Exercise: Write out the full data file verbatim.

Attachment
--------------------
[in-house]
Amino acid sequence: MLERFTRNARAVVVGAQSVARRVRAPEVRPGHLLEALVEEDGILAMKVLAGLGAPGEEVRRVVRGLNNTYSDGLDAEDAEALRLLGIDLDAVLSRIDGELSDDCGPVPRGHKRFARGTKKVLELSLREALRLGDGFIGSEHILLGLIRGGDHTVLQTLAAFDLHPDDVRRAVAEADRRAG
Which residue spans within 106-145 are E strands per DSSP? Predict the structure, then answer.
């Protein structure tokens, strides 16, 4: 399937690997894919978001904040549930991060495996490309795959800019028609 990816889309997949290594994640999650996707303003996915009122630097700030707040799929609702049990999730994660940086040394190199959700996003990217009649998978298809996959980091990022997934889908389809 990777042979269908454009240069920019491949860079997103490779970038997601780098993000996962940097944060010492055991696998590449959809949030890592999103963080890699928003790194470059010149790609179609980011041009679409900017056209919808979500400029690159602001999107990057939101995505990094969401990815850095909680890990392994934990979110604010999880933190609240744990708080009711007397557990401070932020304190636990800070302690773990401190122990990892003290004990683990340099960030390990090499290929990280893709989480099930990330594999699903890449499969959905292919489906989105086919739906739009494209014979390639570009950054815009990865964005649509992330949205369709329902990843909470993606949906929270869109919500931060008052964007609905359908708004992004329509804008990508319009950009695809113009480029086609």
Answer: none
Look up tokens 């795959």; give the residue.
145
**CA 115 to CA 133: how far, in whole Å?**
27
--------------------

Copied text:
[in-house]
Amino acid sequence: MLERFTRNARAVVVGAQSVARRVRAPEVRPGHLLEALVEEDGILAMKVLAGLGAPGEEVRRVVRGLNNTYSDGLDAEDAEALRLLGIDLDAVLSRIDGELSDDCGPVPRGHKRFARGTKKVLELSLREALRLGDGFIGSEHILLGLIRGGDHTVLQTLAAFDLHPDDVRRAVAEADRRAG
Which residue spans within 106-145 are E strands per DSSP? Predict the structure, then answer.
């Protein structure tokens, strides 16, 4: 399937690997894919978001904040549930991060495996490309795959800019028609 990816889309997949290594994640999650996707303003996915009122630097700030707040799929609702049990999730994660940086040394190199959700996003990217009649998978298809996959980091990022997934889908389809 990777042979269908454009240069920019491949860079997103490779970038997601780098993000996962940097944060010492055991696998590449959809949030890592999103963080890699928003790194470059010149790609179609980011041009679409900017056209919808979500400029690159602001999107990057939101995505990094969401990815850095909680890990392994934990979110604010999880933190609240744990708080009711007397557990401070932020304190636990800070302690773990401190122990990892003290004990683990340099960030390990090499290929990280893709989480099930990330594999699903890449499969959905292919489906989105086919739906739009494209014979390639570009950054815009990865964005649509992330949205369709329902990843909470993606949906929270869109919500931060008052964007609905359908708004992004329509804008990508319009950009695809113009480029086609």
Answer: none
Look up tokens 């795959």; give the residue.
145
**CA 115 to CA 133: how far, in whole Å?**
27